Food Frenzy

Three hot dogs on a plate with toppings. (c) Sunbeam60 on Wikipedia.

Routine things we do can be so fraught. For example, eating. In this episode, we talk reducing waste, food trucks, and whether organic, local, non-GMO, etc. is the way to go.

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No Meat Left Behind

Many different cultures have been using… “interesting” parts of the animal in their cooking for a long time now. But the concept is only barely penetrating North American culture, where our appetite for meat revolves around nice, expensive cuts. Brayden Kozak, head chef and co-owner of Three Boars Eatery in Edmonton, aims to make delicious dishes with meat that might seem a little strange to us. The result? For his suppliers, it means less meat that gets thrown out. For his customers, it means unique plates that excite and delight. And for him? It means a very very busy restaurant. Terra Informa’s Carson Fong got a chance to speak with him.

Note: In the audio, Brayden’s name is mis-pronounced as Branden and not Brayden.

Hwkr’s Market

In the middle of a long, cold Canadian winter, how’s a food truck vendor supposed to put food on their table? Well for a few days out of the year, they can sell their tasty wares at an event called the Hawkers Market. Started in Vancouver, Hawkers Market is now hosting events in Calgary too. And last year, they were even holding events in Edmonton.

Danielle Dolgoy and Trevor Chow-Fraser checked it out, almost exactly one year ago.

Jayson Lusk on Food Culture

Jayson Lusk is an agricultural economist at Oklahoma State University. His work tries to understand why people buy the food they do. What makes someone want to buy local, or organic, or just stick with groceries from Walmart?

This is a really important issue for Jayson, as it is for all of us. But he might be sitting on the other side of the fence from some of the other people in today’s episode. That’s because he doesn’t see any inherent good in organic or local food. To him, it’s choice a personal choice we can make.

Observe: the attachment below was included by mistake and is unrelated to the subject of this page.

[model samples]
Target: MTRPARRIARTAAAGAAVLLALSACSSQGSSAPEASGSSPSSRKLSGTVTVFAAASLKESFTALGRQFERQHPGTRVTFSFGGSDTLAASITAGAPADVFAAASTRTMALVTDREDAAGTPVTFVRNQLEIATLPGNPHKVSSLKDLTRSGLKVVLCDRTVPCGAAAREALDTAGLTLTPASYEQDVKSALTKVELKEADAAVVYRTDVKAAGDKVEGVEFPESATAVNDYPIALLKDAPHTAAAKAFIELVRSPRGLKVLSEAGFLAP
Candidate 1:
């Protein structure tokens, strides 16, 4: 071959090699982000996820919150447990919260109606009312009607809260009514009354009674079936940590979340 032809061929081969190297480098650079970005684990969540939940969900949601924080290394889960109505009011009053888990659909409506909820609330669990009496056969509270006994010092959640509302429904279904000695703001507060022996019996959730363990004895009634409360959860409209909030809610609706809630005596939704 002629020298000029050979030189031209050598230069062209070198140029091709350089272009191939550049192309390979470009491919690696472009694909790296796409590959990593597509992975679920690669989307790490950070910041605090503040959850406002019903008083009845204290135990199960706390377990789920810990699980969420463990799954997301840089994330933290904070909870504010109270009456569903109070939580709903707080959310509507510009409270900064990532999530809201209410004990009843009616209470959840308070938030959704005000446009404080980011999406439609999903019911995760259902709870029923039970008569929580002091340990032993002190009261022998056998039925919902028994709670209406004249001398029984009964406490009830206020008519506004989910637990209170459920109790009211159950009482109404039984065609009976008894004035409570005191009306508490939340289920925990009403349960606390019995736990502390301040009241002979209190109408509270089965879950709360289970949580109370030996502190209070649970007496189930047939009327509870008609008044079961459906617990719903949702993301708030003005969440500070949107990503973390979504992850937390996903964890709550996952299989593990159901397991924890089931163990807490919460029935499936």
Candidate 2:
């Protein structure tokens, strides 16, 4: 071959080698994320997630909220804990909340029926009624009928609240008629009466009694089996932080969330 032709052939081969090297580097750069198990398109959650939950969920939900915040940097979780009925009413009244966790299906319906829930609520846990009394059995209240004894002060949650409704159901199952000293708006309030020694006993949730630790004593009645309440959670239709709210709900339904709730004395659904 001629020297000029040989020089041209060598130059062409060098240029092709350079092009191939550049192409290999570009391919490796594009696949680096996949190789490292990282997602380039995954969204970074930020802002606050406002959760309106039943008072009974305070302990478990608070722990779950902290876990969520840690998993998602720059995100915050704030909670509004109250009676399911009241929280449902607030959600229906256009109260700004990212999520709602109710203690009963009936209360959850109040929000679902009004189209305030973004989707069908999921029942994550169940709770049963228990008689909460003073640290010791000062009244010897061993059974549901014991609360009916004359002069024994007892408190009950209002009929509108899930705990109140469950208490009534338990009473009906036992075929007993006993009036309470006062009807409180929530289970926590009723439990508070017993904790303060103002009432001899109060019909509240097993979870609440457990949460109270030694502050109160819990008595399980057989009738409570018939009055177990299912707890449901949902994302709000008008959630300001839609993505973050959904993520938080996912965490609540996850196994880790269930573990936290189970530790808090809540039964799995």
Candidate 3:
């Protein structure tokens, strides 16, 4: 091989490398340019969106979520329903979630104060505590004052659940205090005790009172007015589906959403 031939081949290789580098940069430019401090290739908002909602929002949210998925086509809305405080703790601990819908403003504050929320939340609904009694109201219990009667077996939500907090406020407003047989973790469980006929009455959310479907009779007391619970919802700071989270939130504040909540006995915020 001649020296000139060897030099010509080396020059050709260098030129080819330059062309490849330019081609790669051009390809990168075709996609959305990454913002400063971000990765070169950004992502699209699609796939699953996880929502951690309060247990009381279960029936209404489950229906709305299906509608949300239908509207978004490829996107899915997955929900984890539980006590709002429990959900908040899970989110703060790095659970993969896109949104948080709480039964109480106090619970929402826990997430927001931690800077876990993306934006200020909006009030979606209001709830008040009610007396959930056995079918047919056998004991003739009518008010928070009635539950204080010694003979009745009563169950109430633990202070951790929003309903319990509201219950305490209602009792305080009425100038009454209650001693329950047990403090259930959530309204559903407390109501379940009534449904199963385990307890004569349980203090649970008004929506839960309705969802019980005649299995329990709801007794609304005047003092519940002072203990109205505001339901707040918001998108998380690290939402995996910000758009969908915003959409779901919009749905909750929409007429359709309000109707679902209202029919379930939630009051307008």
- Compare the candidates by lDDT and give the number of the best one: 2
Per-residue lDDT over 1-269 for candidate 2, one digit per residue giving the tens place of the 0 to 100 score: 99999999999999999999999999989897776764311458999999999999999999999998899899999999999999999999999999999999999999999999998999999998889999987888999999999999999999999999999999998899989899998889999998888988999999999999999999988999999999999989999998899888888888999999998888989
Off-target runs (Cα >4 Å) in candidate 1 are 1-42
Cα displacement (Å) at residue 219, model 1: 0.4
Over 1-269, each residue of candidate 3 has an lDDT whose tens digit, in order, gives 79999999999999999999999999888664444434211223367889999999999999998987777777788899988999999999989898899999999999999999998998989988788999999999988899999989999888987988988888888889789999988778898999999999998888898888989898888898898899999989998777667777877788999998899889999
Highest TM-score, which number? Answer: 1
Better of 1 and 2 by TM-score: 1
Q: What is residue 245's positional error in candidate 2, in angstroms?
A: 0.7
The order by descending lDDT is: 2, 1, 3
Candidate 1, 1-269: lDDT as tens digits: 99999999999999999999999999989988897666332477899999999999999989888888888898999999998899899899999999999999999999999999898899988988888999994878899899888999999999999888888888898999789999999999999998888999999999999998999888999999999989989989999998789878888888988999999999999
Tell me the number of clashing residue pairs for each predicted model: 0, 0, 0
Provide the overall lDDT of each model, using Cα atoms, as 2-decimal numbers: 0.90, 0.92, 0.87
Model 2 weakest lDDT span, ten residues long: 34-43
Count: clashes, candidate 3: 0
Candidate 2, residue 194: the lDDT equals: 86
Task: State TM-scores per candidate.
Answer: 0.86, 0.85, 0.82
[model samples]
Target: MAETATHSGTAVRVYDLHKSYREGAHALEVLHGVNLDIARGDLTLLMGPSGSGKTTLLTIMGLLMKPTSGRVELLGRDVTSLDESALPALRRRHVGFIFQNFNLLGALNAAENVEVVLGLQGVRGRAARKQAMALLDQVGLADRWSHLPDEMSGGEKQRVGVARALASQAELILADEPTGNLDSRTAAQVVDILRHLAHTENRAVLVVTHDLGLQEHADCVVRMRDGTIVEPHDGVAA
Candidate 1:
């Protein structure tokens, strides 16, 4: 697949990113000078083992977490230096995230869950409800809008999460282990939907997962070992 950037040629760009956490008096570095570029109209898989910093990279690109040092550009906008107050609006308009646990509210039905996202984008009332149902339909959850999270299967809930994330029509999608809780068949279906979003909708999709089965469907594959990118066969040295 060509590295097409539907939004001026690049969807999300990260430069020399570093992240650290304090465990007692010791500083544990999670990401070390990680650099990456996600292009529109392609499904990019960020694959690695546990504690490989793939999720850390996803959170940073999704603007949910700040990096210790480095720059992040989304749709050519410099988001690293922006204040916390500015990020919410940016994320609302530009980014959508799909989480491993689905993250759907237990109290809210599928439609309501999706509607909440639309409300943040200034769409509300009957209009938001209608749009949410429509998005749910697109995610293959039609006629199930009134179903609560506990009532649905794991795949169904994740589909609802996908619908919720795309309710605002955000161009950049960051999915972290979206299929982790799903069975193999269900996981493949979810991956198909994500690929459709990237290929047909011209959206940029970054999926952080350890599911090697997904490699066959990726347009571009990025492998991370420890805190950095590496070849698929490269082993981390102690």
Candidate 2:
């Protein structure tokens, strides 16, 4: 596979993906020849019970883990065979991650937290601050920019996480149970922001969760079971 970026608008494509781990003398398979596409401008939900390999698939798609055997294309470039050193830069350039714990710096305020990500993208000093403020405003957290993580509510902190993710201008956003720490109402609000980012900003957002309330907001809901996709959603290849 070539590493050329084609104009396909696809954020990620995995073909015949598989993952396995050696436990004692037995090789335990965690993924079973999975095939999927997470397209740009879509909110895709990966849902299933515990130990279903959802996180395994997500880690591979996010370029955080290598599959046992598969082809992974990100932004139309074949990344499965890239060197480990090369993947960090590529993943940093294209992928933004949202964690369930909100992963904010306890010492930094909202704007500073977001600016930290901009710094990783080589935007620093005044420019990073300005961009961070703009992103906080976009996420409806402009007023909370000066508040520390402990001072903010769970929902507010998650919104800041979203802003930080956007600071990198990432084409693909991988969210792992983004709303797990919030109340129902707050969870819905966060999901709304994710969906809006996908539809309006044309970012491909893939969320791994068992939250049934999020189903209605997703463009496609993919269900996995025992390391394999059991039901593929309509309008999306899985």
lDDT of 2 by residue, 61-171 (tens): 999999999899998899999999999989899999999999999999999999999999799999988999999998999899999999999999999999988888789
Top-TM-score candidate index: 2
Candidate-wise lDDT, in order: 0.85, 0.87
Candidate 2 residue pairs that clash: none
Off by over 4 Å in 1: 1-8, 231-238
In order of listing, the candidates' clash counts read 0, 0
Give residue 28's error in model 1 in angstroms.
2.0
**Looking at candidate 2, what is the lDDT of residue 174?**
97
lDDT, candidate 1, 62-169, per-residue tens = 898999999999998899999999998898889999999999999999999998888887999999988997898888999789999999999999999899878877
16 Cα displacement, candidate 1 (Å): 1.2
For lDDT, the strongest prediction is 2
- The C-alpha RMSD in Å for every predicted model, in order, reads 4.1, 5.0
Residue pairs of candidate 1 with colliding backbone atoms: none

As an economist, looking from a birds eye view, food policy is already so complicated. Countries are worried about their food security, especially given the environmental inconsistency of farming. And hardly anyone wants to be a farmer or rancher in North America these days. Governments are hard pressed to keep existing mainstream farmers happy and productive.

So for Jayson Lusk, public policy should support modern agriculture. As for those foodies pushing for more local, organic and niche foods? Tune in to find out what he had to say.

What’s Happening

Smart Grid Live Webchat with Environmental Commissioner of Ontario – Tuesday March 2nd @ 2 PM, Toronto ON

The Commissioner will be hosting a live chat to talk about his recent Smart Grid report, and have a discussion of smart grid policy progress in Ontario. Come and learn more about Ontario’s possible sustainable energy future. Topics include selling back to the grid, integration of smart phone applications with power, timing charging of electric vehicles when the price is lowest, among others.

Seedy Saturday – Saturday March 7th from 11 AM – 3PM, Toronto ON

Toronto Urban Growers (TUG) and Greenest City is organizing an event that combines environmental workshops with seed and gardening supply stands. It will be taking place at the Bonar-Parkdale Presbyterian Church: it is fully accessible, and is pay-what-you-can.

Landowner Workshop – Thursday March 5th from 7 PM – 9 PM, Portland ON

If you have some idle land and are interesting in growing a forest on it, there will be a workshop that offers information on forest management and stewardship, tree planting subsidies and other financial incentives for establishing and managing your forests. Forestry experts will provide presentations on topics such as tools for managing your new trees, invasive species, shoreline planting for improved water quality, and more. If you’re interested, register here.

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